The Justice Department, within 60 days, will issue a proposed rule to make clear when a device marketed as a stabilizing brace effectively turns a pistol into a short-barreled rifle subject to the requirements of the National Firearms Act.
About the Violence Against Women Act (VAWA):
Passed in 1994, the Violence Against Women Act marked a seachange in the way in which our nation thinks about intimate partner violence. For over 20 years, Congress has reauthorized this common-sense bill that has helped to protect Americans from domestic abuse. However, the 116th Congress and notably the U.S. Senate led by Sen. Mitch McConnell allowed VAWA to expire on December 21, 2018. In an attempt to right this wrong, VAWA was temporarily reinstated on January 25, 2019, but was again allowed to expire on February 15, 2019, again due to the gun lobby’s protestations and stranglehold on the Senate. Even so, the U.S. House of Representatives passed a bill reauthorizing VAWA in April 2019, which was then allowed to languish without a vote in the Senate. Today’s vote to reauthorize VAWA is overdue.
This reauthorization would close what is known as the ‘boyfriend loophole.’ Under federal law, dating partners who do not share a child in common can still legally purchase and own guns, even if they abuse their partners. Additionally, persons convicted of stalking, battery, and assault misdemeanors can still purchase and possess guns. The reauthorization of the Violence Against Women Act would update federal law to close these dangerous loopholes. It does not include any language regarding extreme risk laws.
About H.R. 8Introduced on March 2, 2021 by Rep. Mike Thompson (CA-5), H.R. 8 makes it unlawful to sell or transfer a firearm in any transaction without a Brady Background Check. This bill expands the current Brady Law to every sale or transfer in private sales, subject to the narrow exceptions.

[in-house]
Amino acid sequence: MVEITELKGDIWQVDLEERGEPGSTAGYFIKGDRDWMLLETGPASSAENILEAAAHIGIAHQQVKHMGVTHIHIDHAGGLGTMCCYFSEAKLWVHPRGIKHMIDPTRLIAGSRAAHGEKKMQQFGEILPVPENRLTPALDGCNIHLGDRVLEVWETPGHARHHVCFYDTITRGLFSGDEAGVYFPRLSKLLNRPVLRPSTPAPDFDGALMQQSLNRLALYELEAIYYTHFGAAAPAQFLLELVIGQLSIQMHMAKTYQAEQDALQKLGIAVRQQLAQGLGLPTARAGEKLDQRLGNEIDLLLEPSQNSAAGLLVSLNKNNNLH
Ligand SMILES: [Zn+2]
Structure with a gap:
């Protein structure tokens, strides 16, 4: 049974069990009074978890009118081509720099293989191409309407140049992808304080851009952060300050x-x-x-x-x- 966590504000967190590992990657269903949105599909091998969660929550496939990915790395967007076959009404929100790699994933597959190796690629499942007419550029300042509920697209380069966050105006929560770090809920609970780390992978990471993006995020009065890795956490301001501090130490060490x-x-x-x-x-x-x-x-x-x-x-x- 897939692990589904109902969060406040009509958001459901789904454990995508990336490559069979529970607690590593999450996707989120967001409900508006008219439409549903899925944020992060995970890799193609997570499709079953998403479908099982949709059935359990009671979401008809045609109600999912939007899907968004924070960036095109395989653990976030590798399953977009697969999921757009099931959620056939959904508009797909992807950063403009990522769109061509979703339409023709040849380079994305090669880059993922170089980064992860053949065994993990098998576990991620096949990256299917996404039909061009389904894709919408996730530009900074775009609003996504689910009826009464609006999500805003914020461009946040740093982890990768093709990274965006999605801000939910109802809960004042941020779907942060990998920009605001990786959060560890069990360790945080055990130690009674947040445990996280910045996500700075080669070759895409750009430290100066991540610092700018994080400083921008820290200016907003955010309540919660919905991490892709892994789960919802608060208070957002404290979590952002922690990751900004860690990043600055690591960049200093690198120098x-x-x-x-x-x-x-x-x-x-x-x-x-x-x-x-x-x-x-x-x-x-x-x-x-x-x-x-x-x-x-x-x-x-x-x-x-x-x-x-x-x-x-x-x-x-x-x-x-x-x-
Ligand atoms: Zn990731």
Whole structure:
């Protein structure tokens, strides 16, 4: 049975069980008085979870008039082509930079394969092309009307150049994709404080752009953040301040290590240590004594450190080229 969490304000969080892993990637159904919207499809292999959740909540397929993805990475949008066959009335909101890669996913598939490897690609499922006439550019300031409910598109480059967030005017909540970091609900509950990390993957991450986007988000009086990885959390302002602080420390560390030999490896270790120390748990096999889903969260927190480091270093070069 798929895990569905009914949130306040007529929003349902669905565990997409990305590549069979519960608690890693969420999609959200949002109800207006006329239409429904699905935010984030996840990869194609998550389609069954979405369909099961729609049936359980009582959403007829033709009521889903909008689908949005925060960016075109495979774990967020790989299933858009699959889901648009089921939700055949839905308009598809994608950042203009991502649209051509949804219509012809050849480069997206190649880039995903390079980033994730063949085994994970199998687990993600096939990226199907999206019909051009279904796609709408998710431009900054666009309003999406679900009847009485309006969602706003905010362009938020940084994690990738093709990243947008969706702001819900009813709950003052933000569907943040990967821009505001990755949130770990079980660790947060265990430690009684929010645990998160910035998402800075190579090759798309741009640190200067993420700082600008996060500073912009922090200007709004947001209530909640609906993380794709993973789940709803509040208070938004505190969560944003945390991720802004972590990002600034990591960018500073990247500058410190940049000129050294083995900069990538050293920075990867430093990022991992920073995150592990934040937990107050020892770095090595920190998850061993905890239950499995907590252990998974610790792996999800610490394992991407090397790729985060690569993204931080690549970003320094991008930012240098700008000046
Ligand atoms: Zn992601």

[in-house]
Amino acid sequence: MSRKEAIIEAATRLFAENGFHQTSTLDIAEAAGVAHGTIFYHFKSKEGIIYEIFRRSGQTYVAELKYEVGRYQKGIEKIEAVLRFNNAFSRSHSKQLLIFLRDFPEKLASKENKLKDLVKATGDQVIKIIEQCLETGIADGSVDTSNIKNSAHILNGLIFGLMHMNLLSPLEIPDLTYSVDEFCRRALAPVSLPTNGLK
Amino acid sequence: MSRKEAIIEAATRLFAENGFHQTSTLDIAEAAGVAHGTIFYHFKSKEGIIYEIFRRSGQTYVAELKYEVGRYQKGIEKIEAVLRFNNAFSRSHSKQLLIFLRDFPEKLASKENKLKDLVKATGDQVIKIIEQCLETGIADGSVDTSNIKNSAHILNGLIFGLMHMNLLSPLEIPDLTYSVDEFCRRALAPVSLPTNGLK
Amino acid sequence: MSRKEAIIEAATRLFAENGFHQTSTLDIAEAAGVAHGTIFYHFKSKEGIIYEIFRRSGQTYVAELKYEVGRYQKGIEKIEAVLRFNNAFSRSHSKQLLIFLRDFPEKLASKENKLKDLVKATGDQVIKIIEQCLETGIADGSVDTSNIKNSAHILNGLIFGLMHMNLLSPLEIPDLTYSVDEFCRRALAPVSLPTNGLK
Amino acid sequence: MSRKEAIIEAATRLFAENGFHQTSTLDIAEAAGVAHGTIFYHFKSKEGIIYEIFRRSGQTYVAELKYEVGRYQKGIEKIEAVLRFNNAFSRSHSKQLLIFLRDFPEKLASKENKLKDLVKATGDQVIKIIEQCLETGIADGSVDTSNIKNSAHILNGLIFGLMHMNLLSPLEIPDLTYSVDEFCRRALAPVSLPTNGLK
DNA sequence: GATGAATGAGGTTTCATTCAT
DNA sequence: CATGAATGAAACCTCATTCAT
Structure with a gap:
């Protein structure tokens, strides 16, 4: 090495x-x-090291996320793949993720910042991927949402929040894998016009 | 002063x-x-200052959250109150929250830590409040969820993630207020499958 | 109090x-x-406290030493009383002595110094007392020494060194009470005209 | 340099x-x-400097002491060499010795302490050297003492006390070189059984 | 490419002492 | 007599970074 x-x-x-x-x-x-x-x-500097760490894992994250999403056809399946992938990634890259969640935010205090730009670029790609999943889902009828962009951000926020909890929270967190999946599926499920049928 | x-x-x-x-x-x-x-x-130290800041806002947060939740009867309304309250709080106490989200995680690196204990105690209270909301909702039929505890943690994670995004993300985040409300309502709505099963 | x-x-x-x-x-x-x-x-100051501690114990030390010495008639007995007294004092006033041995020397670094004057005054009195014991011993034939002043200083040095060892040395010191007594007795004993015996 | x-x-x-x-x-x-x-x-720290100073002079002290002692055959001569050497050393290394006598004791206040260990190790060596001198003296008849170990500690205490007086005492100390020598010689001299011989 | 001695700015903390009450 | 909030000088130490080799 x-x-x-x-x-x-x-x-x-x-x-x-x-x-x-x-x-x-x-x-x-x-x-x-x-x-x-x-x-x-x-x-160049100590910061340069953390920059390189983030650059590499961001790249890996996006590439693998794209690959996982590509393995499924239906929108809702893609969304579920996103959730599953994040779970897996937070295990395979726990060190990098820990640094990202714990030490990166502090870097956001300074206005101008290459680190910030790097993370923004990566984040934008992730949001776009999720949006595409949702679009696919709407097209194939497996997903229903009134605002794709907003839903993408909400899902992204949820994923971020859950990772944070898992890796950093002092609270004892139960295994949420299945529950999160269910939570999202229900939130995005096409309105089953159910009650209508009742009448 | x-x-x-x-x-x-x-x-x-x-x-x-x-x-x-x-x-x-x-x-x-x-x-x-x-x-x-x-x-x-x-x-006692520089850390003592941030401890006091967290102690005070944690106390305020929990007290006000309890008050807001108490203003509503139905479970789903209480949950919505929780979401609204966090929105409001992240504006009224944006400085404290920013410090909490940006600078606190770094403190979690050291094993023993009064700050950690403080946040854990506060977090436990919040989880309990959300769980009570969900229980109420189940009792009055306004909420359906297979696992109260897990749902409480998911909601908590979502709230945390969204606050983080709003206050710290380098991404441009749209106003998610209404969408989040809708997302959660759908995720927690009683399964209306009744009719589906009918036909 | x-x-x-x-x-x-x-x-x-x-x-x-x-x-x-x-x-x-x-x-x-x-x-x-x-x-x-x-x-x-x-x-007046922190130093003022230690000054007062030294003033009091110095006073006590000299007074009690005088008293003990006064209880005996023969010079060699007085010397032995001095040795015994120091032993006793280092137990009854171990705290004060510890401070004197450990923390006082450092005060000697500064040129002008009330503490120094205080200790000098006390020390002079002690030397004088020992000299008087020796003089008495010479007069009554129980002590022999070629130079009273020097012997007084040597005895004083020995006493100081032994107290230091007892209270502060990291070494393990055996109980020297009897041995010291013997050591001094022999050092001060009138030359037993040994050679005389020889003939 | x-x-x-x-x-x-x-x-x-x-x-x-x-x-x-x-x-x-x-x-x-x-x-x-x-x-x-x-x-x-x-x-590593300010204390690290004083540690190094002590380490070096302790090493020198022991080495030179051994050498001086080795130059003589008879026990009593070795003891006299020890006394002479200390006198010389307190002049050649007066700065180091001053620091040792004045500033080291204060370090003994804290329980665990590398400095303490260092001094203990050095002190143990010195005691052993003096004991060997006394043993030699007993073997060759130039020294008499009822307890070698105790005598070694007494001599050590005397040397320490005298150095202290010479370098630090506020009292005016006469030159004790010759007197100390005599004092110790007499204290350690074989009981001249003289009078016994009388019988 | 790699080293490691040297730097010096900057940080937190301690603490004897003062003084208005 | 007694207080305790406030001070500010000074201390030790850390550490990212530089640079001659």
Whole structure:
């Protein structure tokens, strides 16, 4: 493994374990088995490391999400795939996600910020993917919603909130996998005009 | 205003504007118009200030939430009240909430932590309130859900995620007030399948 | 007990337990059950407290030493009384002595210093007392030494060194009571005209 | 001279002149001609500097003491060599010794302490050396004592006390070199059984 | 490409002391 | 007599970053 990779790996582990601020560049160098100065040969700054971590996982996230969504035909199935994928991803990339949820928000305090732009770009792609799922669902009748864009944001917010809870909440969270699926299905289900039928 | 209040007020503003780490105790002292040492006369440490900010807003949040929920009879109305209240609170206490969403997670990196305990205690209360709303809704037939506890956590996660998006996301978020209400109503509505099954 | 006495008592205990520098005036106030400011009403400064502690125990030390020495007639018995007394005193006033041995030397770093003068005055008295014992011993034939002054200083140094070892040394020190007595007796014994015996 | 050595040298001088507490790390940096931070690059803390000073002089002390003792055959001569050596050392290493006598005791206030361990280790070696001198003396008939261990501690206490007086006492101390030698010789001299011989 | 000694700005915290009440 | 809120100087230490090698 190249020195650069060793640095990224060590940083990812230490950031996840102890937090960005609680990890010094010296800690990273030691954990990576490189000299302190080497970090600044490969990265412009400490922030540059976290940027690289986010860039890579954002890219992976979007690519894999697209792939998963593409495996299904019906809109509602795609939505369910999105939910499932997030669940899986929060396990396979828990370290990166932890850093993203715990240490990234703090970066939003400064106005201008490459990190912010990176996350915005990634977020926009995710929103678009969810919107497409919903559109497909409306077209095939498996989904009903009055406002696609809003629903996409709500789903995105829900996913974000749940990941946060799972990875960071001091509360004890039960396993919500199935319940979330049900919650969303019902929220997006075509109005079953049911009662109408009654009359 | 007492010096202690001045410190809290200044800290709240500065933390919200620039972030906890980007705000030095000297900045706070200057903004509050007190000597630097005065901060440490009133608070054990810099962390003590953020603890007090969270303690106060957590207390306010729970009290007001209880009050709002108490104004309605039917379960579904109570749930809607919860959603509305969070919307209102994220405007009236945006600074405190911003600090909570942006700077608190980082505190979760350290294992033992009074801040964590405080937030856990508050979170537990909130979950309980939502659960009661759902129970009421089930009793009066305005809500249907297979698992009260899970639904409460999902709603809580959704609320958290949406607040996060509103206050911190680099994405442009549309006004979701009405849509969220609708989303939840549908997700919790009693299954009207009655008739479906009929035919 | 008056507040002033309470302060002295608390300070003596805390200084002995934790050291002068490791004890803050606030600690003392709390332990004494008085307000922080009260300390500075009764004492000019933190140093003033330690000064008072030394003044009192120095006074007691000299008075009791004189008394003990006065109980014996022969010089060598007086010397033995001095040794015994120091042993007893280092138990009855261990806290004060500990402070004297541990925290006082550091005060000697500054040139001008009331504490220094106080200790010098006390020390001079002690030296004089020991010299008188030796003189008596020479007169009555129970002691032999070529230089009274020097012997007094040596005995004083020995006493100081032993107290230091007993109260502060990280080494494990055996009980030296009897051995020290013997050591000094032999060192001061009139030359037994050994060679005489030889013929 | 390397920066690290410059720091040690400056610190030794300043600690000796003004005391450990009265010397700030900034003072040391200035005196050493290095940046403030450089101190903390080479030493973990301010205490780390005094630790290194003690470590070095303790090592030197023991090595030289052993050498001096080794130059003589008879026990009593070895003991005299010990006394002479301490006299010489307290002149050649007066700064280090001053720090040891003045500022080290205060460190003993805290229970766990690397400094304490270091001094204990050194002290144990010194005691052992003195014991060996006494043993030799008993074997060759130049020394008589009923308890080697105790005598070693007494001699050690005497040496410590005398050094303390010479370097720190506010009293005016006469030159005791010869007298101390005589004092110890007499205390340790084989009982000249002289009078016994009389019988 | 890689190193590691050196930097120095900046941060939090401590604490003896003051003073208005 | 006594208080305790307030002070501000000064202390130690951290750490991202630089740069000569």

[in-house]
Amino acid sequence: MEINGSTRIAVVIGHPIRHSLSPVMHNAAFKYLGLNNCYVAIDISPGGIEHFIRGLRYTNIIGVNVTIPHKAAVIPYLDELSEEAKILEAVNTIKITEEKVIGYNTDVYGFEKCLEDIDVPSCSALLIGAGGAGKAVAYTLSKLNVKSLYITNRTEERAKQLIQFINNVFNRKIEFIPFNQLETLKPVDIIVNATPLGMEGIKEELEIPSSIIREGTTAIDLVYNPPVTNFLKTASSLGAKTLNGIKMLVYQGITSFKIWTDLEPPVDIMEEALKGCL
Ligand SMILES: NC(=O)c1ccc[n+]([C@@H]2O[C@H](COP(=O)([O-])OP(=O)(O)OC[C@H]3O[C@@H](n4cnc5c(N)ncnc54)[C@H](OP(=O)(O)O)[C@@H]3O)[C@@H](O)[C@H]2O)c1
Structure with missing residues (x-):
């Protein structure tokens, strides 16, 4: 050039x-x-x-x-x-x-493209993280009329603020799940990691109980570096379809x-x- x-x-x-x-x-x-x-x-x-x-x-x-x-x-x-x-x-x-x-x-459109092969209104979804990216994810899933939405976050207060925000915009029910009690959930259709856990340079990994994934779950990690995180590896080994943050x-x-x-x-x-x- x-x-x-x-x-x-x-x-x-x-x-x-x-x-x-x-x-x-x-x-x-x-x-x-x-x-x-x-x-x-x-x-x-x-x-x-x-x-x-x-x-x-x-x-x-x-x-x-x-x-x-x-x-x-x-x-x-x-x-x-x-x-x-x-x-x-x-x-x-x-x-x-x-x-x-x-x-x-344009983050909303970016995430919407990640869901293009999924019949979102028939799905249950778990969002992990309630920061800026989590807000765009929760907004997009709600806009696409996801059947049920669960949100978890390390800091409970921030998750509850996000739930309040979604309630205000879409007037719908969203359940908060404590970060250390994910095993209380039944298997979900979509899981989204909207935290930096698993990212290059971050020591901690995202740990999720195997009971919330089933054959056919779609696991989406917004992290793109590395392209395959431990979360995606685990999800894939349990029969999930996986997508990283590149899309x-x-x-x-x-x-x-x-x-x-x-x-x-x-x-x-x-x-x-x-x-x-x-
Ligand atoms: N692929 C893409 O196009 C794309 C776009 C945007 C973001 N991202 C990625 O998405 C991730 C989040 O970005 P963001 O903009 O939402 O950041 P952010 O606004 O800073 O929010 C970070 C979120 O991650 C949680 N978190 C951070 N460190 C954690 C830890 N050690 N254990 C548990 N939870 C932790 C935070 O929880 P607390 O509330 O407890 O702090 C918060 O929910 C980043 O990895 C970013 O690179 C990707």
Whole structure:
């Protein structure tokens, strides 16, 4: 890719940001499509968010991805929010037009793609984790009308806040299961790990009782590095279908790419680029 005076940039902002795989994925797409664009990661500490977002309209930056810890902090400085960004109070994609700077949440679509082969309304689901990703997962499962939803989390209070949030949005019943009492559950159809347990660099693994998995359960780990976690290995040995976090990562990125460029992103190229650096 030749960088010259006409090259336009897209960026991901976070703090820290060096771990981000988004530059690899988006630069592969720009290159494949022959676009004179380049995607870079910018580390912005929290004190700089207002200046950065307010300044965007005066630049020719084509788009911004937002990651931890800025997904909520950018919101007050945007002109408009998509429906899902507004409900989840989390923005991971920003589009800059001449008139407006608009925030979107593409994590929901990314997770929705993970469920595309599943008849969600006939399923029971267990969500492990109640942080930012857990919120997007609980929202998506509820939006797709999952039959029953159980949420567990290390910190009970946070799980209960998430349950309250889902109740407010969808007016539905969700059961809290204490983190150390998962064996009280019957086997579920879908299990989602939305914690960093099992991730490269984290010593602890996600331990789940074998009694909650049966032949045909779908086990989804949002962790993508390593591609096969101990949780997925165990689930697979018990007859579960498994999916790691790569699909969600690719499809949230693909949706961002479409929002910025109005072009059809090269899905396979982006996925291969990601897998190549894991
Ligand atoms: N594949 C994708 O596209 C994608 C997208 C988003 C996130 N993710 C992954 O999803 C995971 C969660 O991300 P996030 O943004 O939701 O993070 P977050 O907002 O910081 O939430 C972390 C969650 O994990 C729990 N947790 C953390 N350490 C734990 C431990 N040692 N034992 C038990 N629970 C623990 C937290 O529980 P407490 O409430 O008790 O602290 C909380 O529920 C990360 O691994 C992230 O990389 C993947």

About H.R. 1446
Introduced on March 2, 2021 by Rep. Jim Clyburn (SC-6), H.R. 1446 provides the background check system with additional time to make a final determination on a potential firearms purchaser before a licensed dealer can transfer a gun, addressing the so-called “Charleston loophole.”
Currently, federal law allows a “default proceed,” whereby a federally licensed firearm dealer (FFL) can transfer a gun to a customer if the federal background check is not completed within 3 business days of the background check request to the National Instant Criminal Background Check System (NICS).
The Charleston loophole is named for the 2015 mass shooting at the Emanuel African Methodist Episcopal (A.M.E.) Church in Charleston, S.C., that killed nine innocent people. The shooter – who was prohibited by law from possessing a firearm – was able to acquire his gun before the FBI could complete his background check. Although the FBI needed more time to investigate the shooter’s disqualifying records to determine whether the purchase was lawful, federal law allowed the dealer to transfer the gun after three days even though the check was not completed.
Today, some 30 years after @JoeBiden helped Jim and Sarah Brady pass the Brady Bill, we are on the clearest path to ending America's gun violence crisis that we've ever been on.@POTUS promised he would make it a priority to end this epidemic, and he is. #JointAddress @bradybuzz pic.twitter.com/CkWQxr6eAy— Kris Brown | President, bradyunited.org (@KrisB_Brown) April 29, 2021
Brady has one powerful mission — to unite all Americans against gun violence. We work across Congress, the courts, and our communities with over 90 grassroots chapters, bringing together young and old, red and blue, and every shade of color to find common ground in common sense. In the spirit of our namesakes Jim and Sarah Brady, we have fought for over 45 years to take action, not sides, and we will not stop until this epidemic ends. It’s in our hands.